Send to

Choose Destination
Microbiol Mol Biol Rev. 2015 Dec 23;80(1):91-138. doi: 10.1128/MMBR.00037-15. Print 2016 Mar.

Microbial Surface Colonization and Biofilm Development in Marine Environments.

Author information

State Key Laboratory of Marine Environmental Science, and College of Ocean and Earth Sciences, Xiamen University, Xiamen, China Joint Research Center for Carbon Sink by the Institute of Marine Microbes and Ecospheres, Xiamen University and the Qingdao Institute of BioEnergy and Bioprocess Technology, CAS, Qingdao, China
Department of Biological Sciences, University of South Carolina, Columbia, South Carolina, USA


Biotic and abiotic surfaces in marine waters are rapidly colonized by microorganisms. Surface colonization and subsequent biofilm formation and development provide numerous advantages to these organisms and support critical ecological and biogeochemical functions in the changing marine environment. Microbial surface association also contributes to deleterious effects such as biofouling, biocorrosion, and the persistence and transmission of harmful or pathogenic microorganisms and their genetic determinants. The processes and mechanisms of colonization as well as key players among the surface-associated microbiota have been studied for several decades. Accumulating evidence indicates that specific cell-surface, cell-cell, and interpopulation interactions shape the composition, structure, spatiotemporal dynamics, and functions of surface-associated microbial communities. Several key microbial processes and mechanisms, including (i) surface, population, and community sensing and signaling, (ii) intraspecies and interspecies communication and interaction, and (iii) the regulatory balance between cooperation and competition, have been identified as critical for the microbial surface association lifestyle. In this review, recent progress in the study of marine microbial surface colonization and biofilm development is synthesized and discussed. Major gaps in our knowledge remain. We pose questions for targeted investigation of surface-specific community-level microbial features, answers to which would advance our understanding of surface-associated microbial community ecology and the biogeochemical functions of these communities at levels from molecular mechanistic details through systems biological integration.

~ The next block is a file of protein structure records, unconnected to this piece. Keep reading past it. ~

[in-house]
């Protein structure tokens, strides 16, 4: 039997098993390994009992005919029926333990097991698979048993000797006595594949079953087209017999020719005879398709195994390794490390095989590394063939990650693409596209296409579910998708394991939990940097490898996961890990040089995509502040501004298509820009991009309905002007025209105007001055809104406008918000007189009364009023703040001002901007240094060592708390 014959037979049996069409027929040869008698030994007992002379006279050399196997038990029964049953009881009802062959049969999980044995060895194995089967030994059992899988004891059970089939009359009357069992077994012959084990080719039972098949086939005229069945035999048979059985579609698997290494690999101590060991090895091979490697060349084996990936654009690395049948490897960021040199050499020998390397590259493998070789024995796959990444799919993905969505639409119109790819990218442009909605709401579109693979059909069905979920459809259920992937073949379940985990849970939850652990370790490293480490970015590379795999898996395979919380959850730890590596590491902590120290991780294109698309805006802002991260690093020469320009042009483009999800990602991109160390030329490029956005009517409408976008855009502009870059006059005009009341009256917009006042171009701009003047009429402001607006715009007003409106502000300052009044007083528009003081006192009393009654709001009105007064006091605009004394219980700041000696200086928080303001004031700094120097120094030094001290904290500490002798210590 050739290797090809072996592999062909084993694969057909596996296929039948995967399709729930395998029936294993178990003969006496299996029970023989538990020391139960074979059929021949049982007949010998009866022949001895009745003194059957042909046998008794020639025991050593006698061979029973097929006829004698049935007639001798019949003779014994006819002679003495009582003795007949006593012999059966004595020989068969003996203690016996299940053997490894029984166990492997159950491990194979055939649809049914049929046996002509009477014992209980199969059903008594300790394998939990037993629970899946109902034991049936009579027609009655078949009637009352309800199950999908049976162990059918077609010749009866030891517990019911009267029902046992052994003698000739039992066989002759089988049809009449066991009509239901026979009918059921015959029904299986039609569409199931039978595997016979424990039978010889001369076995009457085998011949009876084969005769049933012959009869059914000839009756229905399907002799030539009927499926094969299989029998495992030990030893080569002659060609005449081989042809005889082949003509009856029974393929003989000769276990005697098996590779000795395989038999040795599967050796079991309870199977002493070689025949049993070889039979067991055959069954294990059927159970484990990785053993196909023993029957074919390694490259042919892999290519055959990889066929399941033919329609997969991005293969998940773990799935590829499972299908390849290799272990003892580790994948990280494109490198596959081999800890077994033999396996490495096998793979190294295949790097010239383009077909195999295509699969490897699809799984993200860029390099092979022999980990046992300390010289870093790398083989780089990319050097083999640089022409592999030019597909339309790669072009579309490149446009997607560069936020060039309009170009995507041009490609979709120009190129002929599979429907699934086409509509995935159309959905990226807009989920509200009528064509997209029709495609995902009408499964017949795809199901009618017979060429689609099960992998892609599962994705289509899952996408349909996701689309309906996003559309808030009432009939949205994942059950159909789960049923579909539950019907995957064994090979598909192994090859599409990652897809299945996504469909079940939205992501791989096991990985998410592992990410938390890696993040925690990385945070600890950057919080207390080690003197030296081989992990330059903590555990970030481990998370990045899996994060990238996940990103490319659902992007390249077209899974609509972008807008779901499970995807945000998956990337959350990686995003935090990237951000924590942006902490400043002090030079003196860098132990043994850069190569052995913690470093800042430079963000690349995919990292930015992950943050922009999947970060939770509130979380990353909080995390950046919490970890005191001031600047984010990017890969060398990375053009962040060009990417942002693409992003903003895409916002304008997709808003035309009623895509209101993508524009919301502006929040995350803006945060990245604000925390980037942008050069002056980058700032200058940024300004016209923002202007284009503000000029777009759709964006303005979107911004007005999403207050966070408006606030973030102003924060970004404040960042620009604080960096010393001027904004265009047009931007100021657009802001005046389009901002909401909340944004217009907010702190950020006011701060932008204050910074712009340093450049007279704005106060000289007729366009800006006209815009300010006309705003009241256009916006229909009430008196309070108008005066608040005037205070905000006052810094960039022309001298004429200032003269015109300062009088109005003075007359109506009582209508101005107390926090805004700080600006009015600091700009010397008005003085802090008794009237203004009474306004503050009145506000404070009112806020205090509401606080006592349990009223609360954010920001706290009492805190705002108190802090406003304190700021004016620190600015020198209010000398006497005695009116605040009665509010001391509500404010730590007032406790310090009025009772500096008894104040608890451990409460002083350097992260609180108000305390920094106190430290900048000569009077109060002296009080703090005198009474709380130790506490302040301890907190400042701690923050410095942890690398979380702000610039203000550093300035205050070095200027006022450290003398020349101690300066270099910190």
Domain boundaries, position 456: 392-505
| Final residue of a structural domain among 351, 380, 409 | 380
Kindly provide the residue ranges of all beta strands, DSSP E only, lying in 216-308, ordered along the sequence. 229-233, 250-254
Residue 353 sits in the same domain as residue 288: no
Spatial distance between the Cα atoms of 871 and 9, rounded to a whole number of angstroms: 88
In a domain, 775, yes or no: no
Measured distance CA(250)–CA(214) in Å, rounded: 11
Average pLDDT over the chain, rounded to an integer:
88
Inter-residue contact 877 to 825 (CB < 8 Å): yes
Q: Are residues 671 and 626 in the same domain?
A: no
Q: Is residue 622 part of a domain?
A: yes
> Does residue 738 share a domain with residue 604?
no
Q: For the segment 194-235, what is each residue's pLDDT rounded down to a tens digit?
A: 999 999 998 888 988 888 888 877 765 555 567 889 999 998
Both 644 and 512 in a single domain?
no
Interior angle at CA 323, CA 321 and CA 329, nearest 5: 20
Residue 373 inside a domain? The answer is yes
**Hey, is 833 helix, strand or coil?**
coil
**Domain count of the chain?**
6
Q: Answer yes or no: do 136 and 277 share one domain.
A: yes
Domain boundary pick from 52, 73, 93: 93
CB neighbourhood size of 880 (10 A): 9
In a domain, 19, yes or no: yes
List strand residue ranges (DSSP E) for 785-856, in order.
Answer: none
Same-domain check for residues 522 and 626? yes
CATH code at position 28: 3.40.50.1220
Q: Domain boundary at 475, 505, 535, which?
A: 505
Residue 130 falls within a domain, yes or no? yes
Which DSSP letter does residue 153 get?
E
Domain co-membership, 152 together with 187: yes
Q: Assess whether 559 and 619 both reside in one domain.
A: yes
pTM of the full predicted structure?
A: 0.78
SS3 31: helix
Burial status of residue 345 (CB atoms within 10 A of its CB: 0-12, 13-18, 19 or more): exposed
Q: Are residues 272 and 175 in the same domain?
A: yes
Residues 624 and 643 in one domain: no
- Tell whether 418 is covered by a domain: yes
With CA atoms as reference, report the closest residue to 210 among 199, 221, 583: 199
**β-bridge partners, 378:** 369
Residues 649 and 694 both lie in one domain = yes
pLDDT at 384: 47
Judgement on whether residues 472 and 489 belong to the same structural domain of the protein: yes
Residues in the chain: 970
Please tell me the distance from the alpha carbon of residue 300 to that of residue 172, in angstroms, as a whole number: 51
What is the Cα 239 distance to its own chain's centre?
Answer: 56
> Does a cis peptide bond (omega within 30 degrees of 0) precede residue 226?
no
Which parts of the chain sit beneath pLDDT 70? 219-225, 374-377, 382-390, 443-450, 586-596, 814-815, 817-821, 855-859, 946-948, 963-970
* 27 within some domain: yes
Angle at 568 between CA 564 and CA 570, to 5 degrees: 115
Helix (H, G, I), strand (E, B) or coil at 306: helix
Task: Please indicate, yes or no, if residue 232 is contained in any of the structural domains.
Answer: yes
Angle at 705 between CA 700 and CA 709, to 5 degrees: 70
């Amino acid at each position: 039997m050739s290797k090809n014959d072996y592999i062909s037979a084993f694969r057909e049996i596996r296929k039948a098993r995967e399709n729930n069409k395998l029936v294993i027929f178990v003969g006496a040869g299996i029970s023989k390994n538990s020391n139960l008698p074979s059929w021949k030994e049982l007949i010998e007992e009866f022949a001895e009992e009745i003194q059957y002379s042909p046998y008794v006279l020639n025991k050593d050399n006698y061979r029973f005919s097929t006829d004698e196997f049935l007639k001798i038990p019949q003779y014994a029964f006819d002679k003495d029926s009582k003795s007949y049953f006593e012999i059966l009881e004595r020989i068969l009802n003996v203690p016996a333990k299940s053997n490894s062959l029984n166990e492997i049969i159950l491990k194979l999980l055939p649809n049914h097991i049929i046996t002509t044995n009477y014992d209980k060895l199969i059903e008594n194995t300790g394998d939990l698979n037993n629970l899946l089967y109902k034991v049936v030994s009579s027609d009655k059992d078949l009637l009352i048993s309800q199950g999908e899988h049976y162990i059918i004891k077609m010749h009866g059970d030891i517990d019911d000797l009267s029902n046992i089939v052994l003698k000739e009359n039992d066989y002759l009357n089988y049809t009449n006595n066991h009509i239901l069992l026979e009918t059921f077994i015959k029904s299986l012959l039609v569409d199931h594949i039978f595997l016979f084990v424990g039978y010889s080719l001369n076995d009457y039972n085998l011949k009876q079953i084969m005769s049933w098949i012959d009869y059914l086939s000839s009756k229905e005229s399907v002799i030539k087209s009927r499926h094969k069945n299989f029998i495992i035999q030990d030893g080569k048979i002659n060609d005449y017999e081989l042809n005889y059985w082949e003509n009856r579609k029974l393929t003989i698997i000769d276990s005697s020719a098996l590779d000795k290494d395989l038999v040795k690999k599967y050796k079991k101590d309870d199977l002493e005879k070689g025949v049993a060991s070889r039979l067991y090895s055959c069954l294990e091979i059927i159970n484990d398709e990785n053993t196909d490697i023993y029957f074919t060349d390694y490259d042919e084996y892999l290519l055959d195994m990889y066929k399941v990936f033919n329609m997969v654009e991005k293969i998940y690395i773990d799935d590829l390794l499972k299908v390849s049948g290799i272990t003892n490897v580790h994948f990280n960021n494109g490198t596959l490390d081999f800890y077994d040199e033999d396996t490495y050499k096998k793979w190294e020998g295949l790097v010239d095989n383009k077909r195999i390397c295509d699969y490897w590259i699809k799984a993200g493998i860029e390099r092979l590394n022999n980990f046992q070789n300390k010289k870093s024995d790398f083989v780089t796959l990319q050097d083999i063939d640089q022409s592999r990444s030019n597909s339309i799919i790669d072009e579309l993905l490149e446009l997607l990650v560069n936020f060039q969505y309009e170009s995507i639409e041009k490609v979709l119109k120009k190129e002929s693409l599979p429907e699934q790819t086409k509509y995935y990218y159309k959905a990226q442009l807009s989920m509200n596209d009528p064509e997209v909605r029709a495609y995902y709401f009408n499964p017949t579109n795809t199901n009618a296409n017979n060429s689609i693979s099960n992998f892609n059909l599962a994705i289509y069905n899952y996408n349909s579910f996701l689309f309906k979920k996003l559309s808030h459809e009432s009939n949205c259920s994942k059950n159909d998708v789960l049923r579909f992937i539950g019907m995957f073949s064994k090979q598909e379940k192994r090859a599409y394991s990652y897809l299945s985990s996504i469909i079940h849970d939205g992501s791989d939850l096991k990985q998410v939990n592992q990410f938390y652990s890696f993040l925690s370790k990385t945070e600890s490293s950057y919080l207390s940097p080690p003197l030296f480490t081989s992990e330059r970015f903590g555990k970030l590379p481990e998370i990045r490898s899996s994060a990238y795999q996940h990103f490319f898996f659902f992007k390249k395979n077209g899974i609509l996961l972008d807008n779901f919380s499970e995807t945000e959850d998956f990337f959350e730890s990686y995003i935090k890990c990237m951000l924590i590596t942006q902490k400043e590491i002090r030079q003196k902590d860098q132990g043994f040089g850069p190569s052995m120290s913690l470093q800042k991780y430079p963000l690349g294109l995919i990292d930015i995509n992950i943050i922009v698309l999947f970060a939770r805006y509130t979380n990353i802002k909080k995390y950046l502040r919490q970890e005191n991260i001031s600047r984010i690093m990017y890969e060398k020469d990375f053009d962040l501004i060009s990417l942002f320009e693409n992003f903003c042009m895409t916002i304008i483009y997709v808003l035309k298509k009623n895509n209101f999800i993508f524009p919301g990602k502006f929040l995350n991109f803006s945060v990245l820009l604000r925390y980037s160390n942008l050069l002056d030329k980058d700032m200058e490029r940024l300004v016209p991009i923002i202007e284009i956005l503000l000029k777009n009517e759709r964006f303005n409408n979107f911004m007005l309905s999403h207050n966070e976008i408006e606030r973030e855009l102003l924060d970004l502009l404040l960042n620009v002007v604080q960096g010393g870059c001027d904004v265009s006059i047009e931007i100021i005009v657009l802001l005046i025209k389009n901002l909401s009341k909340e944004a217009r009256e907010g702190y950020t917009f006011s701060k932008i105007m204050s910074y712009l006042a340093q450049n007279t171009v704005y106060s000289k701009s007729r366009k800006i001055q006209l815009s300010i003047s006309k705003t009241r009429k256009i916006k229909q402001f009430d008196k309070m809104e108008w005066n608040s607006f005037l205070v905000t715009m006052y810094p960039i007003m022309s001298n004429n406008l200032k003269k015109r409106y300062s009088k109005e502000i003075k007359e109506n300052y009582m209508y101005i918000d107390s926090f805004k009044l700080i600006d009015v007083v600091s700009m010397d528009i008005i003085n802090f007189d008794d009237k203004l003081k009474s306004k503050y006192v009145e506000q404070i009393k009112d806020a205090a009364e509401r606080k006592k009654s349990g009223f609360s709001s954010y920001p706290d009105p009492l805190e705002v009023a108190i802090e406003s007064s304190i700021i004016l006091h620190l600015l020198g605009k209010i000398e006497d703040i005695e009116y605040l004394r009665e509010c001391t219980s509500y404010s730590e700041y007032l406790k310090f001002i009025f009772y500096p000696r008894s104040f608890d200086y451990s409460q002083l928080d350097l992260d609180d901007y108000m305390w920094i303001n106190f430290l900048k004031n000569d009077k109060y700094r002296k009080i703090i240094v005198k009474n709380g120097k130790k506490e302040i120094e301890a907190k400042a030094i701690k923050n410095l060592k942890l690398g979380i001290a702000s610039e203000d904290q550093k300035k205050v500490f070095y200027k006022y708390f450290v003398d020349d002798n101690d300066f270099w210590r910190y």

[Indexed for MEDLINE]
Free PMC Article

Supplemental Content

Full text links

Icon for HighWire Icon for PubMed Central
Loading ...
Support Center